Friday, May 13, 2011

If I Should Die Before I Wake

“It has now been revealed through the appearing of our Savior, Christ Jesus, who has destroyed death and has brought life and immortality to light through the gospel” (1 Timothy 1:10, NIV).

If I should die before I wake…

by Steven Clark Goad

          Why are some of us afraid of the inevitable? I remember growing up as a kid saying my bedtime prayers. Is it cruel and unusual child abuse to teach a lad to think of dying just before bedtime? I had never thought of it like that until I reached adulthood. I wanted God to take my soul if I died in my sleep. I hadn’t even been baptized yet. I was five. I was eight. Then ten. “Now I lay me down to sleep; I pray the Lord my soul to keep; if I should die before I wake, I pray the Lord my soul to take.” Even after baptism I fretted and worried about dying in my sleep and maybe God not willing to “take my soul.”
          My wife has a Woody Allen view of death and dying. She can readily say, “I’m not really afraid of dying; I just don’t want to be there when it happens.” She thinks dying while in surgery under anesthesia would be one of the best ways to cross over. I suppose that would be one way of not being there when it happens. She, and I, are not so much afraid of dying as of the process it often requires. Biopsies. Invasive surgeries. X-rays. Stiff joints and unremitting pain. Growing old isn’t for sissies. And growing feeble and in constant discomfort and with loss of memory only adds to the disquietude of it all.

Five Stages

          Whether or not one has read Elizabeth Kubler-Ross’ classic On Death and Dying, the stages leading finally to acceptance of imminent mortality seem to invade the mind of the dying. The first stage is denial. It is the notion that it can’t be happening to me. Or, that since I don’t feel badly, there must be a mistake in diagnosis. The next stage is anger. Why me, Lord? What did I do to deserve this? The third stage is bargaining. If I can only live to see my grandchildren. Let me live until the house is paid off. The next phase is depression that leaves one with the feeling of helplessness. Why bother. I’ll be dead soon anyway.
            Finally, the terminally ill will accept the inevitable and perhaps even find some satisfying level of peace that says death is just part of the cycle of life. God is in charge and everything will be okay in the long run. This may be the healthiest stage of dealing with terminal illness. It is a coming to terms with something that can’t be avoided.


          We live in a world of varying transitions. Death happens to be one of them. One of the most difficult periods in life is when a job change is made—or moving from one location to another, sometimes across the country, leaving family and friends geographically. Birth is also one of those traumatic crossings.
            If a baby in his mother’s womb could talk, he might say, “This is great. I love the warmth and protection of this hidden place where I live. I don’t think life could get any better.” But when the time arrives he is subjected to another existential mode of being that is frightening. Blinding light is forced upon him. The chill of being naked and wet outside the womb. It’s frightening crossing over like that. All one can do is weep. But eventually, nestled in his mother’s arms and feeding from her breast, an entirely new way of living is not only accepted, but embraced.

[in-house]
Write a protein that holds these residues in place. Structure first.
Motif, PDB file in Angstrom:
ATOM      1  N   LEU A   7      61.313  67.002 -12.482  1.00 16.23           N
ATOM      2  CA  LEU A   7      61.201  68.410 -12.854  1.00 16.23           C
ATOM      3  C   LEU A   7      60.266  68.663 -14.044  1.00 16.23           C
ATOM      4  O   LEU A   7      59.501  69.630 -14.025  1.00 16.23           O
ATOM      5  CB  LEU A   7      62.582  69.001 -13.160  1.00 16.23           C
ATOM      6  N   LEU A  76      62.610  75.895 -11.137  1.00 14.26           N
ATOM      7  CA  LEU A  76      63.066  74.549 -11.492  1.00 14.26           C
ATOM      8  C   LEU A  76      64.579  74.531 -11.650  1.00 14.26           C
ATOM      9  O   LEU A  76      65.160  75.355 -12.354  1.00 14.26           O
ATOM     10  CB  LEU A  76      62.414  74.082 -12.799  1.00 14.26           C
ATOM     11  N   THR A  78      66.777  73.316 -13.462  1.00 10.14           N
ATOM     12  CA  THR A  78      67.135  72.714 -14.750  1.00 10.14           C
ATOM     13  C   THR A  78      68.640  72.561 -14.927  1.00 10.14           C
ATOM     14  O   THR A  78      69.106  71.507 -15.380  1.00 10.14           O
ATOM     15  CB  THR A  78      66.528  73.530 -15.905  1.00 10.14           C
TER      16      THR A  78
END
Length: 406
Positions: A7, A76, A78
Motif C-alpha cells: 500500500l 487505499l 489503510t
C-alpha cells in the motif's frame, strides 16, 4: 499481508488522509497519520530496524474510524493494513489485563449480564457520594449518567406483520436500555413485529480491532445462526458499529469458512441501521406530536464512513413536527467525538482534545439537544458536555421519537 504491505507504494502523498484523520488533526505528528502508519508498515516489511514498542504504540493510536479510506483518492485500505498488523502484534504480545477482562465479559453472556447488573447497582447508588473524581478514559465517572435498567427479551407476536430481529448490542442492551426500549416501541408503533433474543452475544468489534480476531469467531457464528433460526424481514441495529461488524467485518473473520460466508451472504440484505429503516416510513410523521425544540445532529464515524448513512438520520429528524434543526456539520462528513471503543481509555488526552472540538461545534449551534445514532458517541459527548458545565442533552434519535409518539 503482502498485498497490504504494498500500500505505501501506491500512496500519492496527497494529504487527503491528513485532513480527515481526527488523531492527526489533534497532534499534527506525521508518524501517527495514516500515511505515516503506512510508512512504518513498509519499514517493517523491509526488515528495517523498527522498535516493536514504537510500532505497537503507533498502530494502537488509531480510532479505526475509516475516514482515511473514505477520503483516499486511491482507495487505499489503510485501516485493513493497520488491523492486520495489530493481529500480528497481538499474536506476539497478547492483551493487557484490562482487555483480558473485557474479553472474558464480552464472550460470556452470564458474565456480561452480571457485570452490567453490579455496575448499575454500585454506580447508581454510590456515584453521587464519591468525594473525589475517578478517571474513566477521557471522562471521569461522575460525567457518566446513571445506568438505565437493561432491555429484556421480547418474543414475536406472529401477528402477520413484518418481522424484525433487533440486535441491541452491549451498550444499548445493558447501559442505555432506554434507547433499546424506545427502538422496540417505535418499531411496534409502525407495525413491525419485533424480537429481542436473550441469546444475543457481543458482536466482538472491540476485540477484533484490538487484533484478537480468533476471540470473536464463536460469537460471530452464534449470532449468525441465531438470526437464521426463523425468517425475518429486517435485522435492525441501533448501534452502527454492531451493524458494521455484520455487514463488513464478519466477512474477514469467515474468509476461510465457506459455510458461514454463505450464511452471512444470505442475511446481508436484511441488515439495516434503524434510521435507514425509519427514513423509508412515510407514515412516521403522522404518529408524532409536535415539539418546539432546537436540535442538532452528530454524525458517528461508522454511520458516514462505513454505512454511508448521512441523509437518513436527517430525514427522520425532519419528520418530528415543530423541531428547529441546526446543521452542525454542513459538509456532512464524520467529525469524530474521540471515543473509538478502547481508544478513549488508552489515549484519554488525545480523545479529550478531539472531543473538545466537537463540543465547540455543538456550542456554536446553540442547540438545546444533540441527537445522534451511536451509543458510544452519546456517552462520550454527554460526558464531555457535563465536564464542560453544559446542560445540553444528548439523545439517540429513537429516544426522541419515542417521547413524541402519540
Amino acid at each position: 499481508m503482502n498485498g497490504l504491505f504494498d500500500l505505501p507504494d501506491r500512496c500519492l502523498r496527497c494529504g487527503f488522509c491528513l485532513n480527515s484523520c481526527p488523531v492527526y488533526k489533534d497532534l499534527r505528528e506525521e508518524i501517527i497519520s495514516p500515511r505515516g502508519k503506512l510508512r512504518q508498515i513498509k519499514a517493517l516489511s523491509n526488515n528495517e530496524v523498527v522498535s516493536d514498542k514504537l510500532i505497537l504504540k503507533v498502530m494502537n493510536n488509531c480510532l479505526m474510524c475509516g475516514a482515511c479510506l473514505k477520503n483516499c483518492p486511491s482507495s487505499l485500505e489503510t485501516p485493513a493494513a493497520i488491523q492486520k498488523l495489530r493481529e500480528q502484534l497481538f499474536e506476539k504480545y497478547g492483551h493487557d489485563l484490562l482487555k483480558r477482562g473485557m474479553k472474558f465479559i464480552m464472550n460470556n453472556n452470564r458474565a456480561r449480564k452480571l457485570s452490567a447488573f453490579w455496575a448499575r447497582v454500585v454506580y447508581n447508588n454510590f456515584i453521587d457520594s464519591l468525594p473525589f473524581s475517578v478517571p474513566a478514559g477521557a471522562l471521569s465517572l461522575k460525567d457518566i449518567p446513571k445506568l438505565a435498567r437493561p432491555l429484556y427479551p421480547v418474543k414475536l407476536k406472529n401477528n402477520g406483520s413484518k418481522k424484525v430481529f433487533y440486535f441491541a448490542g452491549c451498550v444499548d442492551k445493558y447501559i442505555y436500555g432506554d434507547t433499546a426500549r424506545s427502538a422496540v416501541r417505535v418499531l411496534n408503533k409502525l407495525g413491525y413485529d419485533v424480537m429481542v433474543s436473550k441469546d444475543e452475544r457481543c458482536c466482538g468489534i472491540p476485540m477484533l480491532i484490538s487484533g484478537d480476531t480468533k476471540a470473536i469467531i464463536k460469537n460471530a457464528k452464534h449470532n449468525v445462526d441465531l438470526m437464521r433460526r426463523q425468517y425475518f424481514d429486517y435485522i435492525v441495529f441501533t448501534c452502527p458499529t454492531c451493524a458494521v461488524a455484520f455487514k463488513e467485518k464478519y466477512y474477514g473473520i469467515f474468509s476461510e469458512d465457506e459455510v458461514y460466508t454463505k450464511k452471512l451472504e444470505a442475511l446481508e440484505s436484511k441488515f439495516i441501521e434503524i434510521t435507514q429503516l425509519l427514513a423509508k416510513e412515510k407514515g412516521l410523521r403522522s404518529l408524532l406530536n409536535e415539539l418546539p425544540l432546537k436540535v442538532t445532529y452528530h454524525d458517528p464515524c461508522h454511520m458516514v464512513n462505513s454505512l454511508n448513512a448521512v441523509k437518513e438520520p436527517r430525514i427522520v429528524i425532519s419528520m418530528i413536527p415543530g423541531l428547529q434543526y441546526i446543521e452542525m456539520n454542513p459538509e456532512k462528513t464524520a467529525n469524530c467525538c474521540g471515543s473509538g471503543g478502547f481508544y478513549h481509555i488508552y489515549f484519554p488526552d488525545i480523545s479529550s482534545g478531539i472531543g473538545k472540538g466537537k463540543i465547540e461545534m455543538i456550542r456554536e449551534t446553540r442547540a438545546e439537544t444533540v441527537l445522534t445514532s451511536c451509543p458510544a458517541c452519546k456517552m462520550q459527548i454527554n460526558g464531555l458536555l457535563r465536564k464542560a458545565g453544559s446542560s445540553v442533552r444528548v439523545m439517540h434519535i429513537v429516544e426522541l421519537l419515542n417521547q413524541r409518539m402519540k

The Believer’s Hope

          One of the grandest truths from God’s word is that Christians never see each other for the last time. Our angst and sadness at the loss of a loved one is balanced by the knowledge that there is life after death. The resurrection of Christ is testimony to deity’s power over death. When we mortals put on immortality there remains no longer the sting of death (1 Corinthians 15). We die only to be given new bodies and new perspectives, plus the glory of the Lord’s presence.         
Every one of us is just a heartbeat away from stepping into a room full of angels. The very idea of it ought to make us smile. Jesus said he was going to prepare a place for us and then return again to receive us that where he is there we may also reside. The Lord keeps his promises. We need not fear death or when it arrives. Whether we live beyond our threescore and ten, or die in our youth, eternity will grip us and we will dwell in the house of the Lord forever.

          Most seem to think it morbid to speak of our temporariness. We are, after all, and in spite of bad theology that says otherwise, mortals (1 Corinthians 15:53). Paul wrote to Timothy that only God is immortal. We have the hope of the resurrection and all the promises that go with it. A new way of living. New bodies. No pain. No heartbreaks. No more dying. Eons of foreverness in close proximity to the River of Life.
          Just trying to imagine the new heaven and new earth in my mind brings joy to my heart. I think of walking with my guardian angel and maybe even asking him where he was that day I almost drowned. Or strolling among the celestial flora and fauna with Moses or Paul or mother. As the song suggests, this world is truly not my home; I’m just passing through. A temporary sojourner am I on this lovely round blue marble spinning through space.

Growing Old Gracefully

          One couple I know [is anyone looking this way?] has been acquainted with many physicians in their area. With Parkinsons, diabetes, acid reflux, diverticulitis, cancer, arthritis, tinnitus, and a few other maladies, this couple is dealing with the rigors of growing older. I have a theory about old age. I believe our aches and pains remind us to get ready for the crossing over. One elder I sat with at his dying bedside told me he was so eager to make the journey to the other side that he was hoping for release that very night I was with him.